It should be appreciated that a loopback from subordinate C3 to the first system should occur while superior C3 is still active (i.e. has not completed). Thus when C3 is reinstated as a result of a loopback request, the information necessary to contact subordinate C3 (i.e. that provided via the registration link made between subordinate C3 and superior C3 at step 340) is still available for use during the loopback.

Further, when context information is propagated between a first and a second system, such context information is propagated along with a request from an application (not shown) at the first system which is controlling the work being done. The context information is associated with a thread running within process A. When an outbound request is sent to the second system, the context information in the first system is placed into “suspended” mode—i.e. is disassociated from the thread. When a reply to the application's request is received, or when a request loops back to the first system, the context information under which work is being performed or under which the loopback request is to be performed has to be reinstated and associated with a thread for performing the relevant work.

It should be appreciated that the invention is not limited to transactional context information only. Rather it is applicable to all systems between which coordinated contexts are propagated. For example, context information pertaining to compensation may be propagated between first and second systems. Such context information would contain details necessary to compensate work done in the event of a failure occurring.

Note, in the preferred embodiment, subordinate context information does not get propagated to a superior parent context if a rollback (undo) is received at the current superior context. The current superior context has the power to instruct the subordinate context at this point.

In the preferred embodiment, the superior context hierarchy has overall and direct control over the subordinate leaf context. However even in the situation where the superior context hierarchy does not have such overall and direct control, the solution still works where the superior leaf context receives a rollback (undo) request. The superior leaf context has the authority in such a situation to instruct the subordinate leaf context to rollback. The same is also true if and when control for subordinate C3 rests with superior C2. If a rollback is received at superior C2, superior C2 has the authority to instruct the subordinate leaf context to rollback.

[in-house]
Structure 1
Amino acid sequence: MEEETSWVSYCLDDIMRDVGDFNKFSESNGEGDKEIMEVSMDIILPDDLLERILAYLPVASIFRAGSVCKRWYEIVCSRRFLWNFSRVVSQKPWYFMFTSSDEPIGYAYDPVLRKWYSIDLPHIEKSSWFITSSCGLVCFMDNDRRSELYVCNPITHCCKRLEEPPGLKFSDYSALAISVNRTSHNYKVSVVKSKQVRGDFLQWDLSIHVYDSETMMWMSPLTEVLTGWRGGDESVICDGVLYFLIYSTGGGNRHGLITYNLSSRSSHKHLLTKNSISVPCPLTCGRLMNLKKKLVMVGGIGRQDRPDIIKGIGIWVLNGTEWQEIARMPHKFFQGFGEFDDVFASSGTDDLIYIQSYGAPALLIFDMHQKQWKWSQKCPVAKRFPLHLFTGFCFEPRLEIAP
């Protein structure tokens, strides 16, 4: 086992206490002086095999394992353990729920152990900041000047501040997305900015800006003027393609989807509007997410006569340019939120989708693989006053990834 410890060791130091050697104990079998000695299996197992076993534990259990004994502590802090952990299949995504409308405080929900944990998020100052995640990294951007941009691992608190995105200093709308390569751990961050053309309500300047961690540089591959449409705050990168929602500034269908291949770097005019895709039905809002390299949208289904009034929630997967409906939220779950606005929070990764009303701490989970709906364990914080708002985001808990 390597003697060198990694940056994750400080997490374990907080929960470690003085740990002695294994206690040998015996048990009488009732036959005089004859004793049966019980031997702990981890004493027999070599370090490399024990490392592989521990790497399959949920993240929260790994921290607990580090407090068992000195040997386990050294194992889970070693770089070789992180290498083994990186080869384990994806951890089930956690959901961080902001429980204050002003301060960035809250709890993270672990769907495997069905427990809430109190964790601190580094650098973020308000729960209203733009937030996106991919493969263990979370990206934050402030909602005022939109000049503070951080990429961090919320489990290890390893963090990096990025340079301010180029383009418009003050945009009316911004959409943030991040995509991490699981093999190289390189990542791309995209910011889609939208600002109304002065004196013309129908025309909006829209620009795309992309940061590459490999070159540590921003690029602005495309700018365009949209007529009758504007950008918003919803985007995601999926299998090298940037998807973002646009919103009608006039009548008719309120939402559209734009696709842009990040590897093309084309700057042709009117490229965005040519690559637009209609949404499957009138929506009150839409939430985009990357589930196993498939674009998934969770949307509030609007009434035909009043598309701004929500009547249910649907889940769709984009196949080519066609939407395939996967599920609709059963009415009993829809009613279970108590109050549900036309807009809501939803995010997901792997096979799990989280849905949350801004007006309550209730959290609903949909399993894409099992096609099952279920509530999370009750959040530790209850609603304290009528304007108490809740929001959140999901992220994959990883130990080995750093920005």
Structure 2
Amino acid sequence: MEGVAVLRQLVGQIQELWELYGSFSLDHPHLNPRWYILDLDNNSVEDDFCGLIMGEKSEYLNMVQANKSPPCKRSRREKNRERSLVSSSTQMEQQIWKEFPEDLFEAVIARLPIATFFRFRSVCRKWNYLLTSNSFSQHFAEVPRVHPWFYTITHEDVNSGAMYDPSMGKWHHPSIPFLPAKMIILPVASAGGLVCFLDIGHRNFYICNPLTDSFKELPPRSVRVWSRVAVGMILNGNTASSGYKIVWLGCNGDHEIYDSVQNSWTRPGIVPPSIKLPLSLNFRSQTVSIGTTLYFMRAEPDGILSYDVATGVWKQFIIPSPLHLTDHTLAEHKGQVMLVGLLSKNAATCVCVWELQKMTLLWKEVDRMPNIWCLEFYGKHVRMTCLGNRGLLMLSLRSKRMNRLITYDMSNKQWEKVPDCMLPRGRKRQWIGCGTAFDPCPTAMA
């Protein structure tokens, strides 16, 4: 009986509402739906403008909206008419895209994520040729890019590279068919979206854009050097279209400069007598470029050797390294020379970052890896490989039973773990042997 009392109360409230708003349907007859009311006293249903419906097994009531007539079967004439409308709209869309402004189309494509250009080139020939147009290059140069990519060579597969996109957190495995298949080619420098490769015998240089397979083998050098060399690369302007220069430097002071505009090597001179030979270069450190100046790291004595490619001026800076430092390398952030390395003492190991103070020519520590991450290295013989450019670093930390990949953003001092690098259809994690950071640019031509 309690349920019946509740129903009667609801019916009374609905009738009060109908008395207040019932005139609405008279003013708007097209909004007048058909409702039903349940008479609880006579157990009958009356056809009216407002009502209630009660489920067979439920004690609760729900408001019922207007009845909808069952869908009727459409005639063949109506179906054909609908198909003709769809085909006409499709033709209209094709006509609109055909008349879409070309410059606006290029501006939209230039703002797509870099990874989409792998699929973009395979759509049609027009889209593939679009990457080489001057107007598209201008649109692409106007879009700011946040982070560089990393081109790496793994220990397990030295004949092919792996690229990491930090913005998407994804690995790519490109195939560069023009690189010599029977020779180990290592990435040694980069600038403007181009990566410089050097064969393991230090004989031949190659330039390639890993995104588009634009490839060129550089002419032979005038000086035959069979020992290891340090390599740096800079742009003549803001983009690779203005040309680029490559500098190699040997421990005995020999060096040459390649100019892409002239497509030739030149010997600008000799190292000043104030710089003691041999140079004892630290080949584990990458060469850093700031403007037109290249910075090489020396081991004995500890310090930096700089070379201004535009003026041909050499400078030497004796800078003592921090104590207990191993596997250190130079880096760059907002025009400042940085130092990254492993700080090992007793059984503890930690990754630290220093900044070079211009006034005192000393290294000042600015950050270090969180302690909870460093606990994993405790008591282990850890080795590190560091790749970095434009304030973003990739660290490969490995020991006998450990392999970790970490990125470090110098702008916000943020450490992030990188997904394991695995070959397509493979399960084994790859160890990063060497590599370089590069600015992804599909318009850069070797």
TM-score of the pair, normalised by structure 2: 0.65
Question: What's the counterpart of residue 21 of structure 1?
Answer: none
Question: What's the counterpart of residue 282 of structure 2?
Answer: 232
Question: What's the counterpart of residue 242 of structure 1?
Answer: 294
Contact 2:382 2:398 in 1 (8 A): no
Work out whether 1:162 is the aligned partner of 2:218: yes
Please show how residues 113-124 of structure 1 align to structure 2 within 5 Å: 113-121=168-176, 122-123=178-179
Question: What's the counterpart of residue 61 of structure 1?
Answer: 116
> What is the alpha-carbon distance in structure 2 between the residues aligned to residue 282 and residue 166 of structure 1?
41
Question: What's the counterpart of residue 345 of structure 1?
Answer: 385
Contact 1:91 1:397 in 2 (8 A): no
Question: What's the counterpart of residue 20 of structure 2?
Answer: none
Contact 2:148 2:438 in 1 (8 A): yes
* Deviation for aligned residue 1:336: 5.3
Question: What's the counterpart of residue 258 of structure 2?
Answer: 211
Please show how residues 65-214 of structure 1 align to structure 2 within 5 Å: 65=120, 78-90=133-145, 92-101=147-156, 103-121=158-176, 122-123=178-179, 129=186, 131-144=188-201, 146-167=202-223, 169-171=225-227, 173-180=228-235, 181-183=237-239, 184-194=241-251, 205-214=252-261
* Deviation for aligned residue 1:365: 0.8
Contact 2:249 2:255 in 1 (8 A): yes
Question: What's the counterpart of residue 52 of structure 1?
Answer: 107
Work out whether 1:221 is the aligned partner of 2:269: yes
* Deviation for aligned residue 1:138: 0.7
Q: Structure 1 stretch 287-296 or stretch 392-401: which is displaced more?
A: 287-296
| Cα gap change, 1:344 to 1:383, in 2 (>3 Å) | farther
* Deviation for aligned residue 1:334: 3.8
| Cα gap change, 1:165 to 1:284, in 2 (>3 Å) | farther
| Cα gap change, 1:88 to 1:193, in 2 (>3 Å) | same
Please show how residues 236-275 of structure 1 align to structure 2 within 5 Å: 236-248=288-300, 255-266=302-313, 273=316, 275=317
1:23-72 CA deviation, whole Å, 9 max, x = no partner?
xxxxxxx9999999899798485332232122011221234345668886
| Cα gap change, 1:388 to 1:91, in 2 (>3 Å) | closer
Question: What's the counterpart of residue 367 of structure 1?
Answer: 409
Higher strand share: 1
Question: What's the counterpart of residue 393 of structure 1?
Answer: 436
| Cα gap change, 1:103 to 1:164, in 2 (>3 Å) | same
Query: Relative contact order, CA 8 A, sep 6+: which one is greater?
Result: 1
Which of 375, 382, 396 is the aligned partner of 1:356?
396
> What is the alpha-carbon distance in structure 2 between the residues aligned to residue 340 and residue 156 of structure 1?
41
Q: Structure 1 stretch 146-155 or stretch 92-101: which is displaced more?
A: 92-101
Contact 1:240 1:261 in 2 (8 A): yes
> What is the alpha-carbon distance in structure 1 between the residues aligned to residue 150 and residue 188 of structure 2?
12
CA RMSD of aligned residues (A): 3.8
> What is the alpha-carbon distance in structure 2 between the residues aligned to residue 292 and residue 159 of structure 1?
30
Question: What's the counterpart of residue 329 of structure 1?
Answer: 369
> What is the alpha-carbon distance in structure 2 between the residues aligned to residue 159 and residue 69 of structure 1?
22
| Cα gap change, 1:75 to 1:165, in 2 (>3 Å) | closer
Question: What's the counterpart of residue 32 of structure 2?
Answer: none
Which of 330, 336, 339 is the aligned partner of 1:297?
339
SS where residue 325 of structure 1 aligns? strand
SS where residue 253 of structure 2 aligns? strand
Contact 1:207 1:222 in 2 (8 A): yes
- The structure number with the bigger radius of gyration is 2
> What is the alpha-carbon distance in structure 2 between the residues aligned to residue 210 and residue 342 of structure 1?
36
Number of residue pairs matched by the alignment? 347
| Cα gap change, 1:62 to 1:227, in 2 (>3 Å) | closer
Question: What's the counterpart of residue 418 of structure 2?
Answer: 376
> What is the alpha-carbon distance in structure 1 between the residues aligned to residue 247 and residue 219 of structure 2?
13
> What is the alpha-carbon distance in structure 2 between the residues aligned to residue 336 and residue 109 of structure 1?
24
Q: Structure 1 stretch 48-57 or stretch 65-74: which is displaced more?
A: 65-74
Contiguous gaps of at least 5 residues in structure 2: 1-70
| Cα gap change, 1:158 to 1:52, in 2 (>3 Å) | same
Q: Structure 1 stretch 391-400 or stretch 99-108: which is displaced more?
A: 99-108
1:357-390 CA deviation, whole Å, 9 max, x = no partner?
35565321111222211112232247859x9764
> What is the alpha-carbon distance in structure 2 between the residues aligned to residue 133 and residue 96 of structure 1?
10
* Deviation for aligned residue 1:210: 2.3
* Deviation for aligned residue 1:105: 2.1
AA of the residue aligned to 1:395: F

Finally, the application mentions that complete instructions are received at contexts. This is for ease of explanation, strictly speaking a complete instruction is actually received by the relevant system and is processed by the entity that the context represents.

While preferred embodiments of the invention have been described, the scope of the invention is not to be limited to the described embodiments. The scope of the invention is defined by the following claims and includes all variations and modifications of the invention that may occur to those skilled in the art.

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Classifications
U.S. Classification709/201, 370/352, 718/101, 709/244, 709/203, 709/204
International ClassificationG06F15/16
Cooperative ClassificationG06F17/30557
European ClassificationG06F17/30S, G06F17/30S5
Legal Events
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Apr 20, 2007ASAssignment
Owner name: INTERNATIONAL BUSINESS MACHINES CORPORATION, NEW Y
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Owner name: SAP AG, GERMANY
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Year of fee payment: 4
Aug 26, 2014ASAssignment
Owner name: SAP SE, GERMANY